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I think it's awesome that you're teaching these kids fundamentals. I can't tell you how many middle school practices I see where the coaches spent zero to 10 minutes on fundamentals!! I literally see practices where every day they condition (sprint without a ball) and then run through plays. That's it. There is virtually zero player development. Sad.

So I give you props for what you are doing and putting in the effort to develop these kids!

First, I might not totally understand the split step. I didn't really think it was a pivot... but maybe it is and I might not have seen that same thing as you.

Next, this is just my opinion. There are a lot of ways to do this. But here's what I would do in your situation with limited practice time and short season:

I would practice the following every day (takes about 12-20 minutes):
- form Shooting close to basket
- 1-2 step shooting, maybe 6-10 shots per cone: https://www.breakthroughbasketball.com/drills/555-shooting.html
- hop shooting for a few minutes. Can use the same drill, spin outs, or there are lots of ways to practice the hop... you can hop on 1 foot and then land on 2 when you catch, etc.
- high rep shooting drill where they can use the footwork most comfortable to them: https://www.breakthroughbasketball.com/play.asp?id=8032

For triple threat moves I would practice the rip and fake rip every day:
https://youtu.be/szOBT0zUIMg

I like the rip (aka: sweep, swing ball through) because it's a move away from the pass (where your best scoring opportunities usually come from). We teach to go right away... it could turn into a split step for some of the advanced players. I mostly want them swinging the ball through and exploding right away.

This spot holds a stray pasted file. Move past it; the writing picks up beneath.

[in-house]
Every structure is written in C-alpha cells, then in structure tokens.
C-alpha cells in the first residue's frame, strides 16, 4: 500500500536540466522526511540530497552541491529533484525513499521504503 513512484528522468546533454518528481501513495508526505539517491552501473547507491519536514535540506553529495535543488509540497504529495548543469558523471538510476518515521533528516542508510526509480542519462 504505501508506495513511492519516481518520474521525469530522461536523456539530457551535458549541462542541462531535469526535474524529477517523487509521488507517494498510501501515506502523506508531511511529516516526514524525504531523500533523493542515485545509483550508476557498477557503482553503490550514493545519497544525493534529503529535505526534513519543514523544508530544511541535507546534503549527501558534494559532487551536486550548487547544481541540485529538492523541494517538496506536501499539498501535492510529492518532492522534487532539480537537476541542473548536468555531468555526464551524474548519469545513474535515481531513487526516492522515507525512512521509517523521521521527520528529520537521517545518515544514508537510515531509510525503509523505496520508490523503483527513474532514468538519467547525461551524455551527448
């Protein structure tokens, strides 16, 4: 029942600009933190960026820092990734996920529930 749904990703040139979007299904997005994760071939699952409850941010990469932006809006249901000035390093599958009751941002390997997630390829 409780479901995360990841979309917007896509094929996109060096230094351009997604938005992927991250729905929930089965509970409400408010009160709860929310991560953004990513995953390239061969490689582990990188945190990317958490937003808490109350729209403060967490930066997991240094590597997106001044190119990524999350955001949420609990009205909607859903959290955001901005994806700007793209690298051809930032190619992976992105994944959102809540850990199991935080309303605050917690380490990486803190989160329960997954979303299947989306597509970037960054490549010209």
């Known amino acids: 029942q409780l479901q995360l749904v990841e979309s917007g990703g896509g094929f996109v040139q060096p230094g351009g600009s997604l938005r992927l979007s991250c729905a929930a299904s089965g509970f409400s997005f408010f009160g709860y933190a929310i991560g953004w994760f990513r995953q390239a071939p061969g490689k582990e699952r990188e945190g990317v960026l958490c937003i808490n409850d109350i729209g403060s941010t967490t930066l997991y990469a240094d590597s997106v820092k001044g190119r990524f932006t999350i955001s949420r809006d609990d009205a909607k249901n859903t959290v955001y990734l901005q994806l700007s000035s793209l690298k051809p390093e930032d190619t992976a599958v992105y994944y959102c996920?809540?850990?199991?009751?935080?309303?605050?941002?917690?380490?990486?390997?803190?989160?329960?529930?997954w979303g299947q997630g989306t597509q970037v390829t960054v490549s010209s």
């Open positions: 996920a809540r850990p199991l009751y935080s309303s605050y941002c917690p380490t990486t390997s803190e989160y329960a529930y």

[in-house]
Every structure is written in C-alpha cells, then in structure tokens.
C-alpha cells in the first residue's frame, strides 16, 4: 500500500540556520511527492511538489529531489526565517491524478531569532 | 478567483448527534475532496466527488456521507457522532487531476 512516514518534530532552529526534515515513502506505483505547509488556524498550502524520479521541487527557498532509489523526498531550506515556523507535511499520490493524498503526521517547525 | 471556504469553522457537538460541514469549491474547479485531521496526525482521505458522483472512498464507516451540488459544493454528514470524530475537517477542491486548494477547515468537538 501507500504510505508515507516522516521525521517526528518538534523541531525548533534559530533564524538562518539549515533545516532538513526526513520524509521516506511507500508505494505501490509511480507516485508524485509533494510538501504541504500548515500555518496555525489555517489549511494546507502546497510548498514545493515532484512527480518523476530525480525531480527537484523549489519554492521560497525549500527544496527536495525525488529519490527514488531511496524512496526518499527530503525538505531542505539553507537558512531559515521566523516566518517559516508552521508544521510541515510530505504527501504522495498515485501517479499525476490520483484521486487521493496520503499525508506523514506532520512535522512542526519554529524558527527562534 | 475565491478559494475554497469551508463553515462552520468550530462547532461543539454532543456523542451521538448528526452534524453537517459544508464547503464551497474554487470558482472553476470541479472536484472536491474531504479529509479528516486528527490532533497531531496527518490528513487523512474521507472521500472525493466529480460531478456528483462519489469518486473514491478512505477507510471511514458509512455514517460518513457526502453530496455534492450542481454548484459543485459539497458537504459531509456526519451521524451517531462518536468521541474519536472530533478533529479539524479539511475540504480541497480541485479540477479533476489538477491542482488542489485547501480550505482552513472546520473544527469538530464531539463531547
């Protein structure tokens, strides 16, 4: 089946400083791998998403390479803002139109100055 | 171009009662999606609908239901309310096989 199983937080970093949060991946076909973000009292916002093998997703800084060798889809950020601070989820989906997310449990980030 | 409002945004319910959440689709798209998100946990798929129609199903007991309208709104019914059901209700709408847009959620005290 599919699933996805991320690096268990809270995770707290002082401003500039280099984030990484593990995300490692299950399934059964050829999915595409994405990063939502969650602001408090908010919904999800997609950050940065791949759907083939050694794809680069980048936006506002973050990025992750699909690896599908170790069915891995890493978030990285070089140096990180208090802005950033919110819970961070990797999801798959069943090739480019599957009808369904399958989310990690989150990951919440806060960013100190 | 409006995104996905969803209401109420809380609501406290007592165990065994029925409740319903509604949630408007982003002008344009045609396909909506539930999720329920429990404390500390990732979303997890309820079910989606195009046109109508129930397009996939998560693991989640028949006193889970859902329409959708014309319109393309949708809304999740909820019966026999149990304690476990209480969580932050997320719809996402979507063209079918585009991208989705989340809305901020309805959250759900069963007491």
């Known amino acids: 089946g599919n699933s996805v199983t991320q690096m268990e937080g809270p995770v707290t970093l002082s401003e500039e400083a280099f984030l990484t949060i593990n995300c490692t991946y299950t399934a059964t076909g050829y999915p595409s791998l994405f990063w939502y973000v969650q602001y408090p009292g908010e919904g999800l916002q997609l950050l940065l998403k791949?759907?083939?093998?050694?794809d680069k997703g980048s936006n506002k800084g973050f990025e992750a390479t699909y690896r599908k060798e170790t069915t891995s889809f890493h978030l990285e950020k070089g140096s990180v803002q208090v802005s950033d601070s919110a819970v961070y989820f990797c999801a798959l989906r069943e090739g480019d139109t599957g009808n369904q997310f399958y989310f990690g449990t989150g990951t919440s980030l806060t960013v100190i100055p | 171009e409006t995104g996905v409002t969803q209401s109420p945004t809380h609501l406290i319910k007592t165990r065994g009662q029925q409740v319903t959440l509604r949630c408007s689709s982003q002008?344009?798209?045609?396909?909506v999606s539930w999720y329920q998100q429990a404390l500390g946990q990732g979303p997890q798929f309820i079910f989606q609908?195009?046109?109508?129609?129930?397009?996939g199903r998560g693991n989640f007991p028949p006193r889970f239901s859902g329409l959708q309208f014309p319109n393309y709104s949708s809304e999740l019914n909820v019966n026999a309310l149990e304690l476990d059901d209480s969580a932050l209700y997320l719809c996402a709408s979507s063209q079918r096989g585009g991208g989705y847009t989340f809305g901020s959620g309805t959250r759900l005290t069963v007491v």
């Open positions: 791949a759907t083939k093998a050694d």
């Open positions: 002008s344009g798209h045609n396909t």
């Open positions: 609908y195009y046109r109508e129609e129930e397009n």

Then we counter that with a fake rip.

You can practice all this in a short amount of time and players pick it up quickly. Something that could help during the season. It also introduces them to all the important footwork: 1-2 step / front pivot, hop, sweep, and step through.

As I read this I might work on some reverse pivots for fundamentals. You can do that in a jump stop drill or post moves drill.

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PostPosted: 29 Dec 2018, 08:54 

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thank you that was helpful. I have another question regarding the attack n counter. If the defense is overplaying you in the post on baseline side and your go to move is a front pivot to the baseline, and the defense is so far over that you cannot even pivot that direction you are forced to apply another move. That goes against what Don was emphasizing that you do not read the defense. What are your thoughts?


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PostPosted: 30 Dec 2018, 12:09 
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If the player recognizes the situation and immediately drop steps away from the defense, there is nothing wrong with that. You teach players skills and concepts. Then put them in competitive situations and they figure out how to score. Most will naturally figure out what works for them and just adapt.

Or if the player does a 1/4 pivot into the defense, they can counter with a step through or improvise with a drop step. I try not to get too technical or get kids thinking too much. If they ask or the repeatedly struggle over and over, I'll give them direction / suggestions. Otherwise I just let players figure things out on their own.

Hope this helps.

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PostPosted: 31 Dec 2018, 09:22 

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That is what I was thinking, thankyou for reaffirming it. I like what you are doing with your web site. This is all practical info. There is a lot of info on the internet that is not that good. Keep up the good work.